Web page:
Militant siege chokes Syria’s Deir Ezzor
DEIR EZZOR, Syria:
In the Syrian city of Deir Ezzor, a two-year siege by the Islamic State group has forced taxi driver Mohammed Al-Obeid to find a new job and turned its park into a cemetery. Instead of ferrying customers around the eastern city with its fuel shortages, he now buys old furniture and breaks it up for resale as firewood for cooking and heating. “People sell me household furniture - beds and wardrobes - and other wooden objects so they can use the money to buy food,” Obeid said in the Jura district where he sells the wood outside his house.
IS militants seized parts of Deir Ezzor in 2014 after a lightning advance across large areas of Syria and neighboring Iraq. In Jan 2015, they imposed a choking siege on the regime-held west of the city, which the UN says is home to around a third of the city’s pre-war population of 300,000. Nearly one million people in Syria are living under siege, according to the United Nations, mostly in areas surrounded by government forces.
Deir Ezzor is the only place where IS has imposed a siege on a pocket of regime-held territory. With no way in or out except by military helicopter, civilians in the city are trapped and have scarce supplies of food and fuel. The World Food Programme has airdropped aid to the city - the only besieged part of the country to receive such assistance. The regime’s key ally Russia has also delivered aid by air.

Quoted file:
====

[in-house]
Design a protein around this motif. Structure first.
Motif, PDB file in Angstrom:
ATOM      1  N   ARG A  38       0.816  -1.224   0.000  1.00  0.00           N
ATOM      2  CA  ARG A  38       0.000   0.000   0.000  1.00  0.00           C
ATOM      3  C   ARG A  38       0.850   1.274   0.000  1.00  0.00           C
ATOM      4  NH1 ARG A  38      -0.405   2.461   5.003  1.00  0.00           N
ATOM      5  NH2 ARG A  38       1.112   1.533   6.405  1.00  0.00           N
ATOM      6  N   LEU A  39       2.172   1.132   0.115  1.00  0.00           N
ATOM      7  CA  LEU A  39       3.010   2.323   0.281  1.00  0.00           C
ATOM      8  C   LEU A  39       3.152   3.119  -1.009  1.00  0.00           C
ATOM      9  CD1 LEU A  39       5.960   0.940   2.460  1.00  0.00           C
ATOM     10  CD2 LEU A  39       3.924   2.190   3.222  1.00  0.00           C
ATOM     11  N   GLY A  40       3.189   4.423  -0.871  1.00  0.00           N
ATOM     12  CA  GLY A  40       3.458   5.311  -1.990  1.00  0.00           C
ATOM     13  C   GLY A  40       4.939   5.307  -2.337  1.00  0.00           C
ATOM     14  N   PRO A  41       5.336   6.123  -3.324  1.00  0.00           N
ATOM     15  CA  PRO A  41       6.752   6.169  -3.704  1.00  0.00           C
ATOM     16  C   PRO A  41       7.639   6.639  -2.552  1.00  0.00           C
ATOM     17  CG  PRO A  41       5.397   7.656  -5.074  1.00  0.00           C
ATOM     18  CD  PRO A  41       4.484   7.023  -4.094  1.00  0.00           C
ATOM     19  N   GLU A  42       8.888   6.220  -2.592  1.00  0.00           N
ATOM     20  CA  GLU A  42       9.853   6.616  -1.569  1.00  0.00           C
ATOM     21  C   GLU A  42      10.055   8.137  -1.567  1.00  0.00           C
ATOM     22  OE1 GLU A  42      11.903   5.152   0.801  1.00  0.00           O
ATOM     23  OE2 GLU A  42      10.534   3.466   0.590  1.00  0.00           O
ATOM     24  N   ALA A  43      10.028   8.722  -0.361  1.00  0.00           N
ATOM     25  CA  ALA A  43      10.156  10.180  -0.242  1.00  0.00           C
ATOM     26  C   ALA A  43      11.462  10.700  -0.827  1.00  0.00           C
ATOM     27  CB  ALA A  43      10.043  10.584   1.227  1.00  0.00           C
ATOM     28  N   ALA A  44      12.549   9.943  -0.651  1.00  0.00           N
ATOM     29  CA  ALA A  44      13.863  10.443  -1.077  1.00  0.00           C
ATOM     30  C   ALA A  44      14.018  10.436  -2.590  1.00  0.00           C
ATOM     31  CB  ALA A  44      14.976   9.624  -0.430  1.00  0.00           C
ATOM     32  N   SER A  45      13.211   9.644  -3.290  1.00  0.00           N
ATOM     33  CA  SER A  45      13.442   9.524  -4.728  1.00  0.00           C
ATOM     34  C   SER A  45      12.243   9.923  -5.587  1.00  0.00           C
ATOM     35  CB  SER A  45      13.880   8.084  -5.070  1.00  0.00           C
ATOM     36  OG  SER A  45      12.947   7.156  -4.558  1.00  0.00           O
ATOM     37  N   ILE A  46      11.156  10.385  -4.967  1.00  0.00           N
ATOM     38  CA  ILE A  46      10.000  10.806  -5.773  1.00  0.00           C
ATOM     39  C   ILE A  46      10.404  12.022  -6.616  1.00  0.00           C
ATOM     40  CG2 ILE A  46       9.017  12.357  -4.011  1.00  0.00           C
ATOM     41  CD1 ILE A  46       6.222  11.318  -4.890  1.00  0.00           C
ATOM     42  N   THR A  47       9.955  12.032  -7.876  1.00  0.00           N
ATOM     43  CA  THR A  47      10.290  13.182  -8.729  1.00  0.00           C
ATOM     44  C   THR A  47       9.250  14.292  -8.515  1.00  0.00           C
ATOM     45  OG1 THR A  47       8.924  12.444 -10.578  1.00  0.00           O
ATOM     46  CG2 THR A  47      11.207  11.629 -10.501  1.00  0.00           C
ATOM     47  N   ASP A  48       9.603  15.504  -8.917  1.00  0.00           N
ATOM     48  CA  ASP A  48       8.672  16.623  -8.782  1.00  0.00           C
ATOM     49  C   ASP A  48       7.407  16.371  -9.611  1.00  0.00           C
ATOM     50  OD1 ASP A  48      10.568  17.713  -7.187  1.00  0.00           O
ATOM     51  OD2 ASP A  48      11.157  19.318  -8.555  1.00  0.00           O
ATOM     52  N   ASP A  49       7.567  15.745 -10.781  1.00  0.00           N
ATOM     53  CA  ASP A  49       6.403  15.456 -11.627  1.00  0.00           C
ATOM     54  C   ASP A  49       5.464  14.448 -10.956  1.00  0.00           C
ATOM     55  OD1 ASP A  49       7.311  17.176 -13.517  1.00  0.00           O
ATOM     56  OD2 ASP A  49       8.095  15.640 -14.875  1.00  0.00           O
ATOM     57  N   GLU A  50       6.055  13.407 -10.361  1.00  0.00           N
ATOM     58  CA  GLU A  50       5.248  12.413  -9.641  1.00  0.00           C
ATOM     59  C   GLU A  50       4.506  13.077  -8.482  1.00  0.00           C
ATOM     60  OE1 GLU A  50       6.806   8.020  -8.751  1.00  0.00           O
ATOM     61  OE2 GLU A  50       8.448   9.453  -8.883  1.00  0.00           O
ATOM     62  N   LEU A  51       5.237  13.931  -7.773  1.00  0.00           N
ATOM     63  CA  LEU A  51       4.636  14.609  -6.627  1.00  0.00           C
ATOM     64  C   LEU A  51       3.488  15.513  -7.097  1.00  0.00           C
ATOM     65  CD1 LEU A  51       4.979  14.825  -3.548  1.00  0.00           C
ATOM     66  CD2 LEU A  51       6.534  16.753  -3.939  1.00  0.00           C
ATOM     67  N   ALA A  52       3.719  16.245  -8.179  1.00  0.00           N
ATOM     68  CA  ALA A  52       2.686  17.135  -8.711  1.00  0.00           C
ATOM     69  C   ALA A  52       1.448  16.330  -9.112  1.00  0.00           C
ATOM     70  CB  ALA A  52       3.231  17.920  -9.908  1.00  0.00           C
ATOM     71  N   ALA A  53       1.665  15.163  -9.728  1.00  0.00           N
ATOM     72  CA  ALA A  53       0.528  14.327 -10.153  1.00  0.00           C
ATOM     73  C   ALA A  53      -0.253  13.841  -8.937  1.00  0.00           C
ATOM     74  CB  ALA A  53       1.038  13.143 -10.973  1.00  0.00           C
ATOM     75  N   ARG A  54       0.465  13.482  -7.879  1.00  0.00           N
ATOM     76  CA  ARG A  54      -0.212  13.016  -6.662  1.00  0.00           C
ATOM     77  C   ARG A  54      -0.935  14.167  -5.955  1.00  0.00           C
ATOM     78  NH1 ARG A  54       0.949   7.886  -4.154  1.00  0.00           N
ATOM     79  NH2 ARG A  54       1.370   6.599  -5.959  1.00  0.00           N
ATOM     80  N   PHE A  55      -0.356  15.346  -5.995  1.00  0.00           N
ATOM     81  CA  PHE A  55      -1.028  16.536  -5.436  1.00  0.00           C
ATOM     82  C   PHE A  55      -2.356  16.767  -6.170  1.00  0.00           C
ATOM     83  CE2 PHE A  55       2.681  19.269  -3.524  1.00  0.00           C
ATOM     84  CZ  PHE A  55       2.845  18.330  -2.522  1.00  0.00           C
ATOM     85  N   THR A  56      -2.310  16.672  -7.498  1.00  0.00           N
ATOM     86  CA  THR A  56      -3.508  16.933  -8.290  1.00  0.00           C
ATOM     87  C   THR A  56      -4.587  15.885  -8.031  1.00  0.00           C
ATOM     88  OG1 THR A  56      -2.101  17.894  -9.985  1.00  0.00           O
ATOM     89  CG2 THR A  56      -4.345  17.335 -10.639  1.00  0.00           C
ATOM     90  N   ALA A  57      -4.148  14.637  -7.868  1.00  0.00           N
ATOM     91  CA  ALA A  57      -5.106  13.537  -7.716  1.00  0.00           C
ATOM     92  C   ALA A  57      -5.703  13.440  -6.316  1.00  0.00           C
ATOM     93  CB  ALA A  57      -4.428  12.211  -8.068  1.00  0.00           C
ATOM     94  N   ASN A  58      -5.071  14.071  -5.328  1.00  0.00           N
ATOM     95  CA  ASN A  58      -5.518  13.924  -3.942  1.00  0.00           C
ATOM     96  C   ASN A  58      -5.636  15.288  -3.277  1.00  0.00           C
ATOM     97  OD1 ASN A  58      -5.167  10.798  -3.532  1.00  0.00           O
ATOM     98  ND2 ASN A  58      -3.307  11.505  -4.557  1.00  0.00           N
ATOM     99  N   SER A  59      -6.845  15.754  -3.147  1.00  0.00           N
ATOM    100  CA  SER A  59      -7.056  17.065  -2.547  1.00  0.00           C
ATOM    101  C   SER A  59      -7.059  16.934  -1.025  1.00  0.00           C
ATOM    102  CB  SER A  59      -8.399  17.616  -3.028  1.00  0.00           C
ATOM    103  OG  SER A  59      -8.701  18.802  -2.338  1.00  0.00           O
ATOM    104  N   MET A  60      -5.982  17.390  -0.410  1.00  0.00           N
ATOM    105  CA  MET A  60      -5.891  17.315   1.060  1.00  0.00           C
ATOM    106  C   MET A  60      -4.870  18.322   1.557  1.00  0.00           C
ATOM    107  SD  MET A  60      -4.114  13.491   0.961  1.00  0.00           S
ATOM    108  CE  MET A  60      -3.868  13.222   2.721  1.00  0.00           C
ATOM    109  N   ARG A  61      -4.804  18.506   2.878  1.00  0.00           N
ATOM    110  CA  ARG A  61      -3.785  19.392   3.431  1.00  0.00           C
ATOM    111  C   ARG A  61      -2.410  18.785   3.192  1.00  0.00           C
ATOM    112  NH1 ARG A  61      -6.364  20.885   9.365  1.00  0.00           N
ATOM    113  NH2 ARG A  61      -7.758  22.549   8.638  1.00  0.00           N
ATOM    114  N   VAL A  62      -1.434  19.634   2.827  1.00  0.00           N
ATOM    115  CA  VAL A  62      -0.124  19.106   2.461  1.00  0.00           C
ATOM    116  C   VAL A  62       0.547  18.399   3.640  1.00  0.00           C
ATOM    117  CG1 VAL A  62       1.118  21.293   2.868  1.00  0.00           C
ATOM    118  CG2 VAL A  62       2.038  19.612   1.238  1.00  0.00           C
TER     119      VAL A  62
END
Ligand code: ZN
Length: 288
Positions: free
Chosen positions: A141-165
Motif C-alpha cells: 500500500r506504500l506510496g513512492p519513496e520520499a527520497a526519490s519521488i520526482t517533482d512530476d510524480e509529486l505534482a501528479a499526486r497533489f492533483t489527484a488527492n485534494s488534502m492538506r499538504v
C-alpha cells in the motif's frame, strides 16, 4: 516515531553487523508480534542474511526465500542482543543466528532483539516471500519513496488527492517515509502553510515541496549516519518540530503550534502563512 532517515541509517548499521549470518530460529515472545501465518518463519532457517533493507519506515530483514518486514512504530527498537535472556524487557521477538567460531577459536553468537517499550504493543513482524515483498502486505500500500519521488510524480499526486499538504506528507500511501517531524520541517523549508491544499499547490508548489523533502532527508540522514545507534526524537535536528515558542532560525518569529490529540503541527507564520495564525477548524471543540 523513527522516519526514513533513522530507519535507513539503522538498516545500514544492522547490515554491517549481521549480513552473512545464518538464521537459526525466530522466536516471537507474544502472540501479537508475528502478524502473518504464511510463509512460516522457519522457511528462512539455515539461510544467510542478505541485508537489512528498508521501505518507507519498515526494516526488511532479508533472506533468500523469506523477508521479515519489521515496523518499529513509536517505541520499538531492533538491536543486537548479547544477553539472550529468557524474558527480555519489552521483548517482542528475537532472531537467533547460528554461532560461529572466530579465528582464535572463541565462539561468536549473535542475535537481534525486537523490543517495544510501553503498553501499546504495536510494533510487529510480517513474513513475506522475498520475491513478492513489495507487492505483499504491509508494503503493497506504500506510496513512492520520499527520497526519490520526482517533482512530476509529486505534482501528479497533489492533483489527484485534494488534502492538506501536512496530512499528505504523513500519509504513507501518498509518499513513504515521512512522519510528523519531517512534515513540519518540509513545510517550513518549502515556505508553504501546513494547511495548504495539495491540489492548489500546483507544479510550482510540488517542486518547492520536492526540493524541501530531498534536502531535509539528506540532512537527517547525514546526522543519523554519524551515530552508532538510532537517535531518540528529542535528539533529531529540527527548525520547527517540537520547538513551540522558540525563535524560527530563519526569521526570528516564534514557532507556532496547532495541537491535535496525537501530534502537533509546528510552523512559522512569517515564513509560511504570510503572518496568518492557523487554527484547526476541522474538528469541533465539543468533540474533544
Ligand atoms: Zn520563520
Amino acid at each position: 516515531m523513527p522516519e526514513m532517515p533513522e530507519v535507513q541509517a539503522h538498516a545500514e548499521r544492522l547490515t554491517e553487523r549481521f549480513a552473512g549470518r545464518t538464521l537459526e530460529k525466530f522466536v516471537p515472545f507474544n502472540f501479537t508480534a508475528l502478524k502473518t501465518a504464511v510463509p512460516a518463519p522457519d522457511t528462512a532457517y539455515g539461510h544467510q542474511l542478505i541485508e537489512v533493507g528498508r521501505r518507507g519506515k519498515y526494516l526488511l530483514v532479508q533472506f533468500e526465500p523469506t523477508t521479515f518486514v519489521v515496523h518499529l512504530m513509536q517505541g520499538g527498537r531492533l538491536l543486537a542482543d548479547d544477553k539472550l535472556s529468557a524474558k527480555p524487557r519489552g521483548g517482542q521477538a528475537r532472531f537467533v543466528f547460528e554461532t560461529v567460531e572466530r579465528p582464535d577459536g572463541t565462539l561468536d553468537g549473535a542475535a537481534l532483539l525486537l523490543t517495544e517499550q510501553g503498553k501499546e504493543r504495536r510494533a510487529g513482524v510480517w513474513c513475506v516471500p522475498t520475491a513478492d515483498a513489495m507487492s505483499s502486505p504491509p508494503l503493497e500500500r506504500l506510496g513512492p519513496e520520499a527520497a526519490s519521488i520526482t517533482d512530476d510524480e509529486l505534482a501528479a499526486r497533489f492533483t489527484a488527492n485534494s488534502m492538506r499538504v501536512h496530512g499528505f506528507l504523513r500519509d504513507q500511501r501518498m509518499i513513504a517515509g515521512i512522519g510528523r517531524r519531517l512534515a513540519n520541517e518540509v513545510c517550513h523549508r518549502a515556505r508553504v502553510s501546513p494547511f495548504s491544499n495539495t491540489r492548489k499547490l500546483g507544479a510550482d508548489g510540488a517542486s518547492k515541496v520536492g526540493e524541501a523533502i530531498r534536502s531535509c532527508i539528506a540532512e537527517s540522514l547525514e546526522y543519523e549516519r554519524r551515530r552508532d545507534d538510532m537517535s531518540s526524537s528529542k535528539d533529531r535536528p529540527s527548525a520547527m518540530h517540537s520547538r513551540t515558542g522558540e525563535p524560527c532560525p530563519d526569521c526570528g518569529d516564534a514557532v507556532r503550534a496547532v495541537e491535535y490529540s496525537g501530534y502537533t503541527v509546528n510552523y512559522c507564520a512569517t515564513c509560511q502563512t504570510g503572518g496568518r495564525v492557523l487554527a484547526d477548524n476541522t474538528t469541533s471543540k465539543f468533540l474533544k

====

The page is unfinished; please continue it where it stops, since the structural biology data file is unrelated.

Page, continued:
Queuing for rations
But in the market on Al-Wadi street, there’s still little on offer to weary, hungry residents. Rocket and spinach aside, few vegetables are available among the cigarettes, chickens and canned foods. And what is available is often beyond the means of local residents, with a kilo of fly-ridden meat on sale for 15,000 Syrian pounds ($30). “In two years I haven’t eaten meat, fruit or biscuits because of the siege,” said 12-year-old Mustafa Al-Musa. “I miss all those foods.”
The government now provides free bread to needy residents, distributing it through the Syrian Red Crescent society which expects to hand out 17,000 batches by the end of November. Outside a nearby public bakery, dozens of locals gathered to wait for rations. “We stand here for hours waiting for a bag of bread to keep us alive,” said Um Khaled, a retired government employee in her sixties. “The siege means we never have enough, and we suffer for hours in the cold and the heat to get a few loaves.” Residents have also been forced to dig wells for water, because fuel shortages make it virtually impossible to power pumps. —AFP
DEIR EZZOR: Syrian men sell wood in this Syrian city on Nov 12, 2016. —AFP